I started Edward Gresser’s Freedom from Want: American Liberalism and the Global Economy. Gresser got the phrase “Freedom from Want” from President Franklin D. Roosevelt, a strong advocate of free trade. That fits into a prominent theme in Gresser’s book: that free trade is an idea that liberals have historically promulgated, even though the Left today tends to be critical of the concept. (By free trade, I don’t mean the total absence of tariffs, but rather such agreements as NAFTA and GATT.)
I actually bought this book back when I was a conservative. There were liberals in my corner of academia who were critical of President George W. Bush’s support for free trade—-which (according to them) entailed the outsourcing of American jobs and the oppression of the Third World—-and I learned about this book while watching the Fox News program, The Beltway Boys, which had Fred Barnes and Mort Kondracke. I decided to buy this book in order to combat the liberal anti-Bush rhetoric that I was hearing and reading. But I haven’t gotten around to reading it until now!
In my reading of the book thus far, Gresser makes a variety of points, often as he focuses on a Cambodian garment worker named Srei. While Srei’s income is low by U.S. standards, Gresser argues, it is quite reasonable in Cambodia, when compared with how much other people there (a cop and a health clinic doctor) make and the cost of things in that country. Gresser also states that work at a Cambodian garment factory is better than other options for women in Cambodia, such as being a sex worker. For Gresser, free trade helps people in other countries, even poorer ones.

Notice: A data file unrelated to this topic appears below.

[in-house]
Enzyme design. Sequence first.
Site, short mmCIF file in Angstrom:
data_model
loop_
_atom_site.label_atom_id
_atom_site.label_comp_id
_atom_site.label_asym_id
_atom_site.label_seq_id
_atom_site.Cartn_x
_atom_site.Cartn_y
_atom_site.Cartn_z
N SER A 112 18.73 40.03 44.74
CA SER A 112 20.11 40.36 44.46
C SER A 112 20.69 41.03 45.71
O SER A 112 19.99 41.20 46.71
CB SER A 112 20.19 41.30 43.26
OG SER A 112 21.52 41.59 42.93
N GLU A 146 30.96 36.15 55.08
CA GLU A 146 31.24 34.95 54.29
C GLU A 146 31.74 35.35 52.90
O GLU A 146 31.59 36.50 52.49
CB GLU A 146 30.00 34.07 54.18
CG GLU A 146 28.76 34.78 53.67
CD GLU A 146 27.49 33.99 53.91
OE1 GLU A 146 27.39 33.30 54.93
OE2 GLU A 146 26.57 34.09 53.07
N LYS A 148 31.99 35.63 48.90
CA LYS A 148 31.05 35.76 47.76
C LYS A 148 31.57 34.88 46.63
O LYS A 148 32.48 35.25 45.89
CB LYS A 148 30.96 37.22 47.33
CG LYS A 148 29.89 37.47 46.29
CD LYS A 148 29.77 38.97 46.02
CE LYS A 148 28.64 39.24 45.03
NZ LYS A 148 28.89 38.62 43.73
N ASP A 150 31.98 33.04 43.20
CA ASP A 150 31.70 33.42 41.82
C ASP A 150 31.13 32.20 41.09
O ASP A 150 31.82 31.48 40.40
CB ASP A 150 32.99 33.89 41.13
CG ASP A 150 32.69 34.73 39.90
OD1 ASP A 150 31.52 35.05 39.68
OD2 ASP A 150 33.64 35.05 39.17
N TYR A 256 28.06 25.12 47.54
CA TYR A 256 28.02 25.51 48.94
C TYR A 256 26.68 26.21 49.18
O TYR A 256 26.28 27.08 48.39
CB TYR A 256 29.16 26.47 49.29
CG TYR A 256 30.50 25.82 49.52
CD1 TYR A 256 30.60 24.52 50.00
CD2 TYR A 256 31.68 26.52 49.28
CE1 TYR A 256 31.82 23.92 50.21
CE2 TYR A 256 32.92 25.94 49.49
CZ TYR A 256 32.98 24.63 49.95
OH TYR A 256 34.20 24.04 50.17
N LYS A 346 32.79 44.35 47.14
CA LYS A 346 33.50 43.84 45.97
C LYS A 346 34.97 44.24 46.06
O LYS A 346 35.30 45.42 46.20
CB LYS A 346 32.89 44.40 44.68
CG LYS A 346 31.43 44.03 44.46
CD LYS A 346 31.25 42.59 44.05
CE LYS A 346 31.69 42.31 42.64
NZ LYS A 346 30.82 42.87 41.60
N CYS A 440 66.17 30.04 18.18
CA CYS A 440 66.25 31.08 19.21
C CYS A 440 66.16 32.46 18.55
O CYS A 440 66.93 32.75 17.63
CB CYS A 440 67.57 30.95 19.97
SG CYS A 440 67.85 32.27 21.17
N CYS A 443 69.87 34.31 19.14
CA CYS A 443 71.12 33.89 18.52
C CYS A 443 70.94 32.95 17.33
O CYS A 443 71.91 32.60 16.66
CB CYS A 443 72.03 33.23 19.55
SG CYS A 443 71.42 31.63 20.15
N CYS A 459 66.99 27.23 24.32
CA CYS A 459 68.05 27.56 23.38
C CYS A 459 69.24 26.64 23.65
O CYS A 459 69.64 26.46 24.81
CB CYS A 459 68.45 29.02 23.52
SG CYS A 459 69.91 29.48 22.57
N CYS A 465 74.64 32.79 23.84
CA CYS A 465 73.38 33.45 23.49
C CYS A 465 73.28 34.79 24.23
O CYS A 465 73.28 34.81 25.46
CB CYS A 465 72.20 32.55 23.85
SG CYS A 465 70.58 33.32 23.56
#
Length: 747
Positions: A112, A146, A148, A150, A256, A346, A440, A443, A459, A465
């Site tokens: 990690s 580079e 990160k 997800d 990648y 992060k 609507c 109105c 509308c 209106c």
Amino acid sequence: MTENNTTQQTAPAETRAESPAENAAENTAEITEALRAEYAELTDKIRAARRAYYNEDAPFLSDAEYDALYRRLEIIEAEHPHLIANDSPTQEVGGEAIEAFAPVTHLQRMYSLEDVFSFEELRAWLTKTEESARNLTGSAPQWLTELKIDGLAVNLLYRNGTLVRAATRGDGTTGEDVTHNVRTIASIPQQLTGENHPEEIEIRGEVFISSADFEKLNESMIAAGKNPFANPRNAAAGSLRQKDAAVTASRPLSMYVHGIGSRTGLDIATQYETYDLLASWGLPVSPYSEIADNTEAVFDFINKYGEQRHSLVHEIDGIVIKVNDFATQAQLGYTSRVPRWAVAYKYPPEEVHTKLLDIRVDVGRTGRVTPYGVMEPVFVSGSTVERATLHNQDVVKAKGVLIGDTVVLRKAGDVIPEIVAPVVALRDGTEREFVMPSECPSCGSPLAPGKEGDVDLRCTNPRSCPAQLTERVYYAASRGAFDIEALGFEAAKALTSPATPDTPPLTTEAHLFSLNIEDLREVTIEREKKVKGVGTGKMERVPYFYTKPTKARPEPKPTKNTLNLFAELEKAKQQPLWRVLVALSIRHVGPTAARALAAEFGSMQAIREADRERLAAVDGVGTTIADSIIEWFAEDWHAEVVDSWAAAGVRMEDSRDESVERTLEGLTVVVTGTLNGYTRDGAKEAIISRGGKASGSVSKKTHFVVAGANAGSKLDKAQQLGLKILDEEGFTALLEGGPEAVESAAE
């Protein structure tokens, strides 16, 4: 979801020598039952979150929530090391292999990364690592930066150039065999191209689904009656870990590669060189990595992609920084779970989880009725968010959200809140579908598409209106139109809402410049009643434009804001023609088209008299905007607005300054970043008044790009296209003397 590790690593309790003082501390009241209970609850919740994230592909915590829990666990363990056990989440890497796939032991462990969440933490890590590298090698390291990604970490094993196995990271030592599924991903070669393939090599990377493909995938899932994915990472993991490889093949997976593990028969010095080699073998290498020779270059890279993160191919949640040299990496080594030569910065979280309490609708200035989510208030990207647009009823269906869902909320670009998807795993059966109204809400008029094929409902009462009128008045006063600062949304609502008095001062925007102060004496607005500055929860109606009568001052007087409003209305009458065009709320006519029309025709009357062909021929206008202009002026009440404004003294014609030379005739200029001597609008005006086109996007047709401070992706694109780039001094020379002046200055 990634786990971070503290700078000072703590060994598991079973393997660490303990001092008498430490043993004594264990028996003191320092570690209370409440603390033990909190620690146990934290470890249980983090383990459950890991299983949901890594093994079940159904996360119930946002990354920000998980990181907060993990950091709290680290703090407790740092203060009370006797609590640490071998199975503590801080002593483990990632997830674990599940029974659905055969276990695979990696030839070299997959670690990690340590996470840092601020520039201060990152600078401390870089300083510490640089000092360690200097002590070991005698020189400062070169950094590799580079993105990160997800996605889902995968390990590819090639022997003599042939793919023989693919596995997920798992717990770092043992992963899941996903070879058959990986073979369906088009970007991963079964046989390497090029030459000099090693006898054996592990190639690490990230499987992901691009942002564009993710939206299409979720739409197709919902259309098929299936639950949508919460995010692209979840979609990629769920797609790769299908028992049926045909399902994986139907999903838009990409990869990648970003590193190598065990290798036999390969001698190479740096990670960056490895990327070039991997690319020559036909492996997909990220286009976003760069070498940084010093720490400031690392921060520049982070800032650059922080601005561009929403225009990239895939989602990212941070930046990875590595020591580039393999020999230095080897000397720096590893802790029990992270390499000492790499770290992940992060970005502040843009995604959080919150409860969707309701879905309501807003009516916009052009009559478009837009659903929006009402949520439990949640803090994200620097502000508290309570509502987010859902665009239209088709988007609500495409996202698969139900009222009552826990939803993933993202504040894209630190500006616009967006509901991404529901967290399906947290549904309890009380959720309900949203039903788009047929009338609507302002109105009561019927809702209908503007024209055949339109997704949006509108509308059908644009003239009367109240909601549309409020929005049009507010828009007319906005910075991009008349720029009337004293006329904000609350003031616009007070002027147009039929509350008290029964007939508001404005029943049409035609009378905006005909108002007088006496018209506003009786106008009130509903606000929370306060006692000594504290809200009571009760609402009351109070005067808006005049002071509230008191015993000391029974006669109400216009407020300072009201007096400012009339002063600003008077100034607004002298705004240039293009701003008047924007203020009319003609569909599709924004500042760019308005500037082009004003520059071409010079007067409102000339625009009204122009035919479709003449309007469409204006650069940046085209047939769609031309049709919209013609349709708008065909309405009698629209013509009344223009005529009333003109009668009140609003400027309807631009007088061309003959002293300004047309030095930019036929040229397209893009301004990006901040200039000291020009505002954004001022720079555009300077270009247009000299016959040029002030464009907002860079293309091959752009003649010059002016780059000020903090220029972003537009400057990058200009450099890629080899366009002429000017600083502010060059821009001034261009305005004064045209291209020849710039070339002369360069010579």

Gresser discusses the rationale for certain policies of the much maligned World Trade Organization. Why, for example, does GATT limit the United States’ tariff on cotton shirts to 16.5 per cent, whereas Cambodia can have a tariff of 25 percent? The reason that Cambodia’s tariff can be so high, Gresser maintains, is that a large influx of cheap imported cotton shirts would wipe out Cambodia’s only industry. Regarding the U.S., Gresser does not say a whole lot, but my opinion is that the WTO requires the U.S. to have a lower tariff because we are such a huge customer for foreign products: in a sense, “free trade” depends on us.
Gresser talks about other issues as well. For one, he notes that trade makes up a huge chunk of the world’s economy—-one-fifth of goods and services. Gresser is probably making this point to set the stage for his discussion on trade, but I think that there’s a sub-text here (though I can’t prove it): that trade is a significant part of our economy these days, and we cannot turn back from that without causing damage. Second, Gresser contends that trade between the nations is conducive to peace. I think that Gresser may be on to something here. China currently owns a lot of our debt, and I believe that the main reason that it has been nice to us is because we are dependable customers for its products. (Or we are unless Mitt Romney becomes President and decides to challenge China.)
I’ll close this post with something that Gresser says on page 22 about the impact of free trade on America’s economy, in response to the leftist claim that free trade has resulted in unemployment due to outsourcing, as well as environmental degradation and threats to the health of workers: “Since the 1970s—-even more so since the NAFTA—-jobs have grown easier to find. American businesses employ more people, and fewer Americans are out of work. American factories produce more than they did in the past, and at the same time the country is cleaner and workers are healthier.” Gresser says that he will provide more details about this picture later in the book.